Pricing updated 2019-05-26. Prices are subject to change without notice.
(–)-Warfarin is a component of (±)-warfarin (Item No. 13566). It is an anticoagulant that interferes with interconversion of vitamin K and vitamin K epoxide and the role of vitamin K in carboxylation of several clotting cascade proteins, inhibiting the initiation of clotting.1 In vivo, (–)-warfarin slows formation of the prothrombin complex and exhibits 6.6-fold more potent anticoagulant activity than (+)-warfarin (Item No. 13526) in rats.2 (–)-Warfarin is primarily metabolized by the cytochrome P450 (CYP) isoform CYP2C9 and genetic polymorphisms in this enyzme, as well as other compounds metabolized by CYP2C9, increase the potential for catastrophic bleeding complications. Formulations containing warfarin have been used to treat and prevent blood clots in atrial fibrillation, heart valve replacement, venous thrombosis, and pulmonary embolism.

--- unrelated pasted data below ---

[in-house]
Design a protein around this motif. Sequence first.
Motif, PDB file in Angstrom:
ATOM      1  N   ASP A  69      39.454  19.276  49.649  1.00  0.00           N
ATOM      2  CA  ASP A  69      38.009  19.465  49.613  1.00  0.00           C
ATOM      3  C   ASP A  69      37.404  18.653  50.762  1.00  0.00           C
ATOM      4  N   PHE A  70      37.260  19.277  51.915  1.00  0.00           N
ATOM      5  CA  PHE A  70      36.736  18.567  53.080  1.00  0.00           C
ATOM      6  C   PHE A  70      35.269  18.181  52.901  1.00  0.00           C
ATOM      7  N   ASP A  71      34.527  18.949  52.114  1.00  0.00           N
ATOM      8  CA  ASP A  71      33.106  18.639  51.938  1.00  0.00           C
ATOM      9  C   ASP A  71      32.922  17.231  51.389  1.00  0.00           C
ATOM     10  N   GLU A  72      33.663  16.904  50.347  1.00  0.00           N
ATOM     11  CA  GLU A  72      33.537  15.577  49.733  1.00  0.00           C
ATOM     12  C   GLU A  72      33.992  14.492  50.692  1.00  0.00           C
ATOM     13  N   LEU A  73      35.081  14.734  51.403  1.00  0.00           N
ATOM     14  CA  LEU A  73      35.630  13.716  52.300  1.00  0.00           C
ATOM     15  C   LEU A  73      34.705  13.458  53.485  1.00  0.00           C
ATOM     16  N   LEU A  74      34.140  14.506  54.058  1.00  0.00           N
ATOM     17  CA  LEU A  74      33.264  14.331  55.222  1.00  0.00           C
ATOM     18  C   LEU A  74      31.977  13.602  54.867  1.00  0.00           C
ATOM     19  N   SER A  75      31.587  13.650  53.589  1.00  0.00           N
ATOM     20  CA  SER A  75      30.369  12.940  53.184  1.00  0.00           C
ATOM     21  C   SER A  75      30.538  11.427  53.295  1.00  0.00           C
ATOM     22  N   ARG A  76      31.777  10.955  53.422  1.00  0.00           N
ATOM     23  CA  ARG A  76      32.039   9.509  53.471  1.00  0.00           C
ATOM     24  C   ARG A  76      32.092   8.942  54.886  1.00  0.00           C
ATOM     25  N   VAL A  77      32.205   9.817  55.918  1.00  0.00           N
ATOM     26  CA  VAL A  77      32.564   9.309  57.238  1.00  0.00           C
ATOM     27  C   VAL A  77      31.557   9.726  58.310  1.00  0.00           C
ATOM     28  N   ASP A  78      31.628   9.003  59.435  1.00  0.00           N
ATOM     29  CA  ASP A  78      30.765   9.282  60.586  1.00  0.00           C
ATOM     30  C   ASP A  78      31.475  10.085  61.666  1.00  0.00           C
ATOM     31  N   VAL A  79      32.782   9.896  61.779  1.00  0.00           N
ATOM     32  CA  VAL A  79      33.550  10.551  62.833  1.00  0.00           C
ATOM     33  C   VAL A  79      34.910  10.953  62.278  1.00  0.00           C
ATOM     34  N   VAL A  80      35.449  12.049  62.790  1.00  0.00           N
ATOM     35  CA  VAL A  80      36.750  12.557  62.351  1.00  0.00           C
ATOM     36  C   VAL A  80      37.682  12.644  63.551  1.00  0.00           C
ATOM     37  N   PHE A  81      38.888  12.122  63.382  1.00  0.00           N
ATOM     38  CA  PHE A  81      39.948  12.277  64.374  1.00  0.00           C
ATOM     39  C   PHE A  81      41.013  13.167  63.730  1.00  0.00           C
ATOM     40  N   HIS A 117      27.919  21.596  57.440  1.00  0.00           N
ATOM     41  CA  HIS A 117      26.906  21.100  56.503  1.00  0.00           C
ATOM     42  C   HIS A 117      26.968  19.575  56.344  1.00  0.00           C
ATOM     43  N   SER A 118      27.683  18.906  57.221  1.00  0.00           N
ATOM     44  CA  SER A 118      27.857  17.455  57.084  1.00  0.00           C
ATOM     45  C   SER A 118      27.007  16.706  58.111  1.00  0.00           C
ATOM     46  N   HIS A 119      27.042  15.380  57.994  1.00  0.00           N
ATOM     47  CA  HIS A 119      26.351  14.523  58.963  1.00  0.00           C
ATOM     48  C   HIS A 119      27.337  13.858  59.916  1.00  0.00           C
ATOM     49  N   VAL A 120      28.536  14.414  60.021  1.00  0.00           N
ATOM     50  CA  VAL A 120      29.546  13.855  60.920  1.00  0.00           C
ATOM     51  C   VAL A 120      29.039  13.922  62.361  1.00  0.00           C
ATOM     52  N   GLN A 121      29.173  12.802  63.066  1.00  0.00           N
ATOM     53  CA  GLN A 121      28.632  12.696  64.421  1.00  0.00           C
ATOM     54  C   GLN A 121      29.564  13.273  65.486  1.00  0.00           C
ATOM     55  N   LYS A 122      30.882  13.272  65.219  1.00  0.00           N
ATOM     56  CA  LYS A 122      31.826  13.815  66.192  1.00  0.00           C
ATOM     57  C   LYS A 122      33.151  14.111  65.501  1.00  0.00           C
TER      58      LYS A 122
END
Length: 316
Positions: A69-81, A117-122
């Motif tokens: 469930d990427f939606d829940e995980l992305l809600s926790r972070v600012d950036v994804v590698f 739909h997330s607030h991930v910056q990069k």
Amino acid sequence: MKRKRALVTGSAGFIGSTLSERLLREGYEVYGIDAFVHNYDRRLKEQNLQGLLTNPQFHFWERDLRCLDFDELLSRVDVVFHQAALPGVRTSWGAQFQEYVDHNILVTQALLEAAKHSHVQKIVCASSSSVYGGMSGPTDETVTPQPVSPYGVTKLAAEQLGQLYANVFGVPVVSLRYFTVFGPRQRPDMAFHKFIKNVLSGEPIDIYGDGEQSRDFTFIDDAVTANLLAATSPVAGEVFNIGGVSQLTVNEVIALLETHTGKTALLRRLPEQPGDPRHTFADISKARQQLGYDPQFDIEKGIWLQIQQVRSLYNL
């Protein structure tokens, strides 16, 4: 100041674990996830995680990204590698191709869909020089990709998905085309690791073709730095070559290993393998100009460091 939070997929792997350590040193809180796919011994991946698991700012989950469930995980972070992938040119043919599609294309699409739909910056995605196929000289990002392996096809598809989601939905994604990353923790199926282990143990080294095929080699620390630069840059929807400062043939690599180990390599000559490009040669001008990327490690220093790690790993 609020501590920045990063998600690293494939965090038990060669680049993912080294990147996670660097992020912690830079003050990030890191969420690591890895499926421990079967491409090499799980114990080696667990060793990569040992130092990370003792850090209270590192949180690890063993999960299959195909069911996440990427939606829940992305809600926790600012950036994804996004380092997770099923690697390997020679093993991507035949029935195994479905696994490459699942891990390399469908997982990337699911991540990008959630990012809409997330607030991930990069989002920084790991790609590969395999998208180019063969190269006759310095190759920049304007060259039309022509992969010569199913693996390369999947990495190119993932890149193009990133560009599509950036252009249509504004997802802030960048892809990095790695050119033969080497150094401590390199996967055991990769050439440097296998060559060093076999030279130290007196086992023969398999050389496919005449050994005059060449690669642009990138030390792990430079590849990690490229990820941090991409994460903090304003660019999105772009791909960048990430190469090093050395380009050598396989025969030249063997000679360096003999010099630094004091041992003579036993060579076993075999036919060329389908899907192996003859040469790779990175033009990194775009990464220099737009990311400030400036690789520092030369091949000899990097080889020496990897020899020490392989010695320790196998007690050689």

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1. Hirsh, J., Fuster, V., Ansell, J., et al. American heart association/american college of cardiology foundation guide to warfarin therapy J. Am. Coll. Cardiol. 41(9), 1633-1652 (2003).
2. Breckenridge, A., and Orme, M.L. The plasma half lives and the pharmacological effect of the enantiomers of warfarin in rats Life Sci. II 11(7), 337-345 (1972).